Writing short stories in her own language helped this immigrant cope with starting a new life in Canada

·3 min read
Shahitha Maideen moved to Calgary in 2010 and says writing helped her deal with the many challenges she faced as a newcomer. (Dan McGarvey/CBC - image credit)
Shahitha Maideen moved to Calgary in 2010 and says writing helped her deal with the many challenges she faced as a newcomer. (Dan McGarvey/CBC - image credit)

Shahitha Maideen fell in love with writing when she was growing up in the southern Indian state of Kerala.

It wasn't until years later, when she found herself struggling to settle in a new country, that she rediscovered that love of writing as a way to cope with starting a new chapter of her life.

In 2010, she had just arrived in Canada and found herself home alone with a new baby, isolated and falling into a depression. Like many immigrants, she missing her friends and family back home.

"I was sitting at home taking care of my five-month-old baby. You are all by yourself, it was winter, there was snow and no place to go out. I was a bit depressed at that time," said the Calgary resident.

She started writing a blog, called My World, and then started to write short stories. She says writing was therapeutic.

"When I faced this situation, these challenges, I realized I had to open my mind and I had to express myself."

Now she's publishing her first book, The Island of Dreams, based on her experiences of being a newcomer in Canada.

It's all written in her first language of Malayalam.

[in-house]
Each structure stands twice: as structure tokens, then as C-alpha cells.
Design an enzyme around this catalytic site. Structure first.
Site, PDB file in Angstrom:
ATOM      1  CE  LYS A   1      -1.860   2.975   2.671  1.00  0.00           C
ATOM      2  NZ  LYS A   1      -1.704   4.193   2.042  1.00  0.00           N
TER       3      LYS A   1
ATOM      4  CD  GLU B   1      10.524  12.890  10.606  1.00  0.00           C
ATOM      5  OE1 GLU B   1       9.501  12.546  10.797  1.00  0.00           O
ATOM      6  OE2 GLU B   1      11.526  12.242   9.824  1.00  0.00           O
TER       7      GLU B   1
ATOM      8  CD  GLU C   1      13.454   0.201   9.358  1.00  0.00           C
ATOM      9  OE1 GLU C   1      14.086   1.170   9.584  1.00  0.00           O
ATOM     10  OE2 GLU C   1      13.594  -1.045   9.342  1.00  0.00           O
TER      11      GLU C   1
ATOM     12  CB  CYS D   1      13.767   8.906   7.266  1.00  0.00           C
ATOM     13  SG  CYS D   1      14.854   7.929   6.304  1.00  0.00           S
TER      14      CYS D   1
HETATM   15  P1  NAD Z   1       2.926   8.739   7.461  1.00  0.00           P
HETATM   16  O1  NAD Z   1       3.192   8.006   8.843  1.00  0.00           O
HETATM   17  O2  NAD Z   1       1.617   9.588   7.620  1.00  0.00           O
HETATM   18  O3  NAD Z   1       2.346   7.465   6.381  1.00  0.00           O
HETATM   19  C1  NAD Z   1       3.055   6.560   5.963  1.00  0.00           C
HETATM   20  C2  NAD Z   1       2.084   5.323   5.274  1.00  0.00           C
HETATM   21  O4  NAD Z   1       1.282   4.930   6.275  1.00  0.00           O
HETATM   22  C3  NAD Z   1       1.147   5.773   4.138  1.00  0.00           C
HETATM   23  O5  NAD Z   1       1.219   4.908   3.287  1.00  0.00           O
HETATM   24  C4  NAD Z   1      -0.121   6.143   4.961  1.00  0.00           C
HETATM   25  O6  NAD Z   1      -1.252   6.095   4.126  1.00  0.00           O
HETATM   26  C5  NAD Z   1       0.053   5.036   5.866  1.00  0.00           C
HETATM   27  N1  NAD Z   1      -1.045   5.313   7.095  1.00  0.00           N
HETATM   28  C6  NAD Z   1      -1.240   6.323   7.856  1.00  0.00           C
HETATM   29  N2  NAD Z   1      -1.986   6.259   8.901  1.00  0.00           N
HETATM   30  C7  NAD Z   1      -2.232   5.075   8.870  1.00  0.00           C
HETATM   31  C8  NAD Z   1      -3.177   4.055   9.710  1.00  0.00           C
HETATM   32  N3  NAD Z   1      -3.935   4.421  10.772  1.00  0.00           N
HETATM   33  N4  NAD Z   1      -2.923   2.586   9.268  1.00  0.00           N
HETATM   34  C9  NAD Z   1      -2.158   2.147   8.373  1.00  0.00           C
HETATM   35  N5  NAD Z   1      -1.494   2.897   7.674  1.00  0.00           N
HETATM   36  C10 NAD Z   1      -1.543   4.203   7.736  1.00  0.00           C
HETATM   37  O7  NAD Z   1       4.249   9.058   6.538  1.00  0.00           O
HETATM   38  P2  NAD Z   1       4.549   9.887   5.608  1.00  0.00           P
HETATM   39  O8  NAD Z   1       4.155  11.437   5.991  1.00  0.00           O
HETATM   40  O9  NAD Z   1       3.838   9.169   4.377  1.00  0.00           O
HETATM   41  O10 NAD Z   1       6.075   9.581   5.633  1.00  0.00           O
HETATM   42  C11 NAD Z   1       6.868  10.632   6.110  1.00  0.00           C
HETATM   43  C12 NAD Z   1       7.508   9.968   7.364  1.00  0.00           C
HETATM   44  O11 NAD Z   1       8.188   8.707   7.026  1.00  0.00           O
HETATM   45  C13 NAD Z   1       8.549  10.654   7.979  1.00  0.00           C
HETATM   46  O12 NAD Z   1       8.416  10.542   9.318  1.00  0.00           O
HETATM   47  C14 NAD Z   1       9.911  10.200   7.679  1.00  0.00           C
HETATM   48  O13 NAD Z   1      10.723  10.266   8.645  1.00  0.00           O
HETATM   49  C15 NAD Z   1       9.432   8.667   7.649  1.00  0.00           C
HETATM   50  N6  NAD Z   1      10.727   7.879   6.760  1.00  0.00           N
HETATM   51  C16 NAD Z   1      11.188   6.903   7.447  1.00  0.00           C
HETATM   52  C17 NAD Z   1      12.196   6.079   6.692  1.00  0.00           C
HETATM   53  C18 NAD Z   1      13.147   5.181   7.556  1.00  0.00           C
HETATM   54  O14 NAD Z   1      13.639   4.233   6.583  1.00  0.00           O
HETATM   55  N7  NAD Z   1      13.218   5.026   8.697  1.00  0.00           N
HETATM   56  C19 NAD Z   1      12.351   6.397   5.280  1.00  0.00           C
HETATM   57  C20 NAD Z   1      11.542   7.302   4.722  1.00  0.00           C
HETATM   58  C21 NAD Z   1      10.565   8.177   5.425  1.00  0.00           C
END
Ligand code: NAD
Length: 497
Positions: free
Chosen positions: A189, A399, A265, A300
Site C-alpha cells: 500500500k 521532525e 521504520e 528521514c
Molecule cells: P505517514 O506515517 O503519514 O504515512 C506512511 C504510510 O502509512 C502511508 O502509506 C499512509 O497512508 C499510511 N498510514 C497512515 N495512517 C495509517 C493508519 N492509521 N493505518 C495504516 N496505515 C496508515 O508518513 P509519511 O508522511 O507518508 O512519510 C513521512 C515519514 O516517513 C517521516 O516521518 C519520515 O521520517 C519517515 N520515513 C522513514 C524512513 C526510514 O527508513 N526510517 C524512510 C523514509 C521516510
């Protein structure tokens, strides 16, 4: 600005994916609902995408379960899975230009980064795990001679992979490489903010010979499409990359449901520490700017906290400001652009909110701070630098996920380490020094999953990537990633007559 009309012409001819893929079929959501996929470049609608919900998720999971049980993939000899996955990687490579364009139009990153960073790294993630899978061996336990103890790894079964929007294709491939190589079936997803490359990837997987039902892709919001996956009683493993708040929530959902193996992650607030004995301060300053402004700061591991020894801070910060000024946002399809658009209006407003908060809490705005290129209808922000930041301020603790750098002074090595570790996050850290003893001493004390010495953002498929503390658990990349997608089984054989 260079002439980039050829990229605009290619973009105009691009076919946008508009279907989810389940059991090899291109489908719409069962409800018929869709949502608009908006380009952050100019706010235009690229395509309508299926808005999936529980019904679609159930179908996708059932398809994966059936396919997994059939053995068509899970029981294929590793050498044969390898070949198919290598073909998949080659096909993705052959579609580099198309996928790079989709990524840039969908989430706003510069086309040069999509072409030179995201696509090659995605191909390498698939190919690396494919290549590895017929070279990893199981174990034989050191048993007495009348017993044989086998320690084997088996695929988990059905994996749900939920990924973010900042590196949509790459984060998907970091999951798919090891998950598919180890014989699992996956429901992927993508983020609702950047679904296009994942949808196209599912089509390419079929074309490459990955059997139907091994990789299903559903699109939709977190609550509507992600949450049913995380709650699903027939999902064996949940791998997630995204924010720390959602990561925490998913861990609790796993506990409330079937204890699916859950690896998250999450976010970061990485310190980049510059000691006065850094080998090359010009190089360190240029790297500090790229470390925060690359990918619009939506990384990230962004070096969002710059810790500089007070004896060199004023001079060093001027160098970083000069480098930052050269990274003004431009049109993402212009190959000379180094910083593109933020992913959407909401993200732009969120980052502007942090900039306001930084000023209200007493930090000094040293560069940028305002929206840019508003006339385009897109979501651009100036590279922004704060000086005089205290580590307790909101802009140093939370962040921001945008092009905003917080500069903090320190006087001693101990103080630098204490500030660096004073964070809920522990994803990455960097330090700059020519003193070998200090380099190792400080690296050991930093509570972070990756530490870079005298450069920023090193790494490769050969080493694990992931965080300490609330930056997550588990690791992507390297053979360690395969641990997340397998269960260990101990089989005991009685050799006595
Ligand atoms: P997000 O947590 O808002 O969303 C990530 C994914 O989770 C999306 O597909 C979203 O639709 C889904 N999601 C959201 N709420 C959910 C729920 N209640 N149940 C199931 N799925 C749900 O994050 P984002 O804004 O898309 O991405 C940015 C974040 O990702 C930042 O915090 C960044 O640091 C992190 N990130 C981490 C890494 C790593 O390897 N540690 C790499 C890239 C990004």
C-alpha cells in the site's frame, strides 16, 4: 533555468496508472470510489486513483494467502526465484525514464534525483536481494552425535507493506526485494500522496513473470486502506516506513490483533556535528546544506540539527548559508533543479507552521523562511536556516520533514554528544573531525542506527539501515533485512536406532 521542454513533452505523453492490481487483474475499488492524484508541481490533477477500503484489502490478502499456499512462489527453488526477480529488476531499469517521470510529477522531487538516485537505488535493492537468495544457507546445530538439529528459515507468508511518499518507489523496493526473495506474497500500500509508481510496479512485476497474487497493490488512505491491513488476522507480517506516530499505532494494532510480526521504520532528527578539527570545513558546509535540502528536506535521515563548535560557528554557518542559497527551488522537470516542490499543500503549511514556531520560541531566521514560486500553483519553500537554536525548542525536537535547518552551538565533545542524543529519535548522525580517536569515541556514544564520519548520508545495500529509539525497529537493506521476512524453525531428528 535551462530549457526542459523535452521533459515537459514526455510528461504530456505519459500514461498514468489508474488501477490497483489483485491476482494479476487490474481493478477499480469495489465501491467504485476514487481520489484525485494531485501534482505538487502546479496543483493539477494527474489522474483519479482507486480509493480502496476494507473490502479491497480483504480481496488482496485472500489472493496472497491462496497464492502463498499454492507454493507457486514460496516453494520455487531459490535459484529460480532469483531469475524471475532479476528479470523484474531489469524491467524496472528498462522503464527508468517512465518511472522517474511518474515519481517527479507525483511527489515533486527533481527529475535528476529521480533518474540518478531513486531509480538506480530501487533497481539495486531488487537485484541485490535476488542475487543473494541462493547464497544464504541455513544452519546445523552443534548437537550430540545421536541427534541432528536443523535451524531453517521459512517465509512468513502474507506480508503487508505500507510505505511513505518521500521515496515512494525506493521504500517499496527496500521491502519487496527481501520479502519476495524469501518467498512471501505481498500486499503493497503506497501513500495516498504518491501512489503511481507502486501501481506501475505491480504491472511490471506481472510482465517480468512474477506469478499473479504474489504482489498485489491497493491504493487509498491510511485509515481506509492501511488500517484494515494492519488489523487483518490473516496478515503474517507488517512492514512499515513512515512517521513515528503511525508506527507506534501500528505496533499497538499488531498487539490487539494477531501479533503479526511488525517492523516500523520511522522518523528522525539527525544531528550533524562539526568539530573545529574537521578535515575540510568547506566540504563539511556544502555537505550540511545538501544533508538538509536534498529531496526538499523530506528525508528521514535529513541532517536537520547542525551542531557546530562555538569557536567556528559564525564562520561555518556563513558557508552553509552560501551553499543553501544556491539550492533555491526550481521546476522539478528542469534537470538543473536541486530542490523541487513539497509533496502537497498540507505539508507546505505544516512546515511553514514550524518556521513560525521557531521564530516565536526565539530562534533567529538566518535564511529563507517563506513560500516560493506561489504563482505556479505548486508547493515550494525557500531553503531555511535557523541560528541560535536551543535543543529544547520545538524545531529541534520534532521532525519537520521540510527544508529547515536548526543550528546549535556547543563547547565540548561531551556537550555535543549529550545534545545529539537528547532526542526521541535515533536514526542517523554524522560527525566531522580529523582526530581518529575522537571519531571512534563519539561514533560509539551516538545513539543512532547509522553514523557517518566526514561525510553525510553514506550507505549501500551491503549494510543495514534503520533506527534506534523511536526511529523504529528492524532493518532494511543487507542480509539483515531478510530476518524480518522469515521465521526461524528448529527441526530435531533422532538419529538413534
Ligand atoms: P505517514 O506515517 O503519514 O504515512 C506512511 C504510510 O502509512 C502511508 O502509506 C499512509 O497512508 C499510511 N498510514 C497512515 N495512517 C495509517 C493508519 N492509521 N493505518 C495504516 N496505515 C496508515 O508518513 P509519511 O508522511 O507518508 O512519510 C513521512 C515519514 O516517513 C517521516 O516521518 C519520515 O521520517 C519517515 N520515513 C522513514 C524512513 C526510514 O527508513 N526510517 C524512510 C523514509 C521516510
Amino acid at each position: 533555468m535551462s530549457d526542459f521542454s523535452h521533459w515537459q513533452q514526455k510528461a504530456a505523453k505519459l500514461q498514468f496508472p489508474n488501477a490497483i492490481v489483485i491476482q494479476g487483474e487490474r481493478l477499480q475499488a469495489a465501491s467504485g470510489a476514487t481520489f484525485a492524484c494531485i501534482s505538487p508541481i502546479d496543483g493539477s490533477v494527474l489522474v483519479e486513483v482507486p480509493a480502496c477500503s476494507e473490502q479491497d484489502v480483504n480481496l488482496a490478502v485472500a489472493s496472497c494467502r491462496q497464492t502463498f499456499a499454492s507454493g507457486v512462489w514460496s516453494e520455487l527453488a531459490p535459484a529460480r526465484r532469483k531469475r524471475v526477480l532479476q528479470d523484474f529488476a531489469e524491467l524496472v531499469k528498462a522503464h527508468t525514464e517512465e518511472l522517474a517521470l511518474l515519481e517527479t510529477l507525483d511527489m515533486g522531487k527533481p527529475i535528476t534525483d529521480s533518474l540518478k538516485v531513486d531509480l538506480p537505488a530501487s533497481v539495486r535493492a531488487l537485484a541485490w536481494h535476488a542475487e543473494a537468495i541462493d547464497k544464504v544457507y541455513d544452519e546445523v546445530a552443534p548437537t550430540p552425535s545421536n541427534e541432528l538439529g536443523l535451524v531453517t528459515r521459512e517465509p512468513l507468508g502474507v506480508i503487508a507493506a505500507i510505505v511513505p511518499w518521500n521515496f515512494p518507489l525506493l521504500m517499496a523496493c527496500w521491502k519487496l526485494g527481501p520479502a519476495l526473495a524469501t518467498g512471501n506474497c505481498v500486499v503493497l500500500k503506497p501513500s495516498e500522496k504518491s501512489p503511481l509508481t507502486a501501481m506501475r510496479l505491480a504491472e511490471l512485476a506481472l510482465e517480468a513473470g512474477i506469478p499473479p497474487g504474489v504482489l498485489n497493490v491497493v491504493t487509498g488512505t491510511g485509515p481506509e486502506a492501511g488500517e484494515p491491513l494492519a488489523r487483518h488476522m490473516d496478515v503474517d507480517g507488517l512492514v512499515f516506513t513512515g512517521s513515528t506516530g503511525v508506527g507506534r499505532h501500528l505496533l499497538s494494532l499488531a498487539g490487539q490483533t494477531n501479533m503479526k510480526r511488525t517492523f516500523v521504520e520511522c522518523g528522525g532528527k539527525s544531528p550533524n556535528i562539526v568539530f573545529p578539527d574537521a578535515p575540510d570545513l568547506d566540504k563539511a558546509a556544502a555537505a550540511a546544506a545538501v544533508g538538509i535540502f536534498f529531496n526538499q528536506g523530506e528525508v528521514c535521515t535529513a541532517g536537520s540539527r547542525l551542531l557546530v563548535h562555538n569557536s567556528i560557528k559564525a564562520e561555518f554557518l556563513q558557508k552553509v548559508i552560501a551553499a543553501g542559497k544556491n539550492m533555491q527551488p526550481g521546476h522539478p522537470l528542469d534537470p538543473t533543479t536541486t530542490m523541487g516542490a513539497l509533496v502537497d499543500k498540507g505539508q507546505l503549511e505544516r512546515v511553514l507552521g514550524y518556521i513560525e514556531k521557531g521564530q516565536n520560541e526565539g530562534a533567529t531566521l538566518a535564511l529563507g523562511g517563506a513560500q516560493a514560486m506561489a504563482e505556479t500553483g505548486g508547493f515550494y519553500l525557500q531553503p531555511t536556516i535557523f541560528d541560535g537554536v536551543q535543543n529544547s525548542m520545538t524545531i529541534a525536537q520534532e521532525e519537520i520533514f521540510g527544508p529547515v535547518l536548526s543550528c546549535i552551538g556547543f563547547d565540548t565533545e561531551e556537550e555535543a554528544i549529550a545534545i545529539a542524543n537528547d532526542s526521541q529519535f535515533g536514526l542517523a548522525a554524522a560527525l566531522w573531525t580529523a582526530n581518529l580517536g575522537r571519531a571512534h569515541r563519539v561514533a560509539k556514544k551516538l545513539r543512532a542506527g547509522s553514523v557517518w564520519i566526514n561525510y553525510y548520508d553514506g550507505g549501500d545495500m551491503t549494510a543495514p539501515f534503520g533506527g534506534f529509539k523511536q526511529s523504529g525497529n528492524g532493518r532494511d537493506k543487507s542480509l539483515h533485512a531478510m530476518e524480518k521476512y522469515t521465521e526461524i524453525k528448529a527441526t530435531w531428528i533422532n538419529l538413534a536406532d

Dan McGarvey/CBC
Dan McGarvey/CBC

"It was a very hard decision for me because I'm a very attached person to my homeland," said Maideen, talking about leaving India.

Maideen now works for the Calgary Immigrant Women's Association, helping new arrivals settle in the city.

Her collection of 40 short stories is a mix of fiction and non-fiction, spanning the time period between 2010 and 2020.

She says some of her stories are based on real life experiences but told through characters and different locations, covering a range of issues experienced by immigrant women.

"My favourite is the last story in the book. It's about a couple who migrated from India to Canada, spending years here and raising children before moving into a long-term care facility. When I was writing that story, tears came to my eyes because I put myself in their shoes."

Maideen says issues from empowerment to domestic violence and the power of relationships are all themes that she's covered.

"Some are related to my memories from back home. I've accepted Canada as my home country now, but before it was always in my mind that I don't belong to this place, I belonged to some other place. It's called home, so in future, my stories and writing might change because this is my country now."

She hopes people back home will get to read her book, along with Malayalam speakers in Canada.

Dan McGarvey/CBC
Dan McGarvey/CBC

"I hope this will be a motivation for them also to express themselves, all immigrants. Newcomers can learn from these experiences and they can be better prepared."

Maideen says she hopes writing about the ups and downs of life as a newcomer might also inspire other immigrants to write about their own experiences, either through fiction or starting blogs and journals.

"I believe that it will give encouragement, especially to immigrant women who don't have the chance to express themselves in any other medium."

She says writing in a first language is much easier when it comes to free-flowing expression.

"There are no blocks, you can just write."

Maideen says she is expecting a paperback version of her book to be ready for release by the end of December.

It will be released in Kerala, India, and Maideen hopes it might make it to Amazon, an e-book format and maybe even an English translation.

Our goal is to create a safe and engaging place for users to connect over interests and passions. In order to improve our community experience, we are temporarily suspending article commenting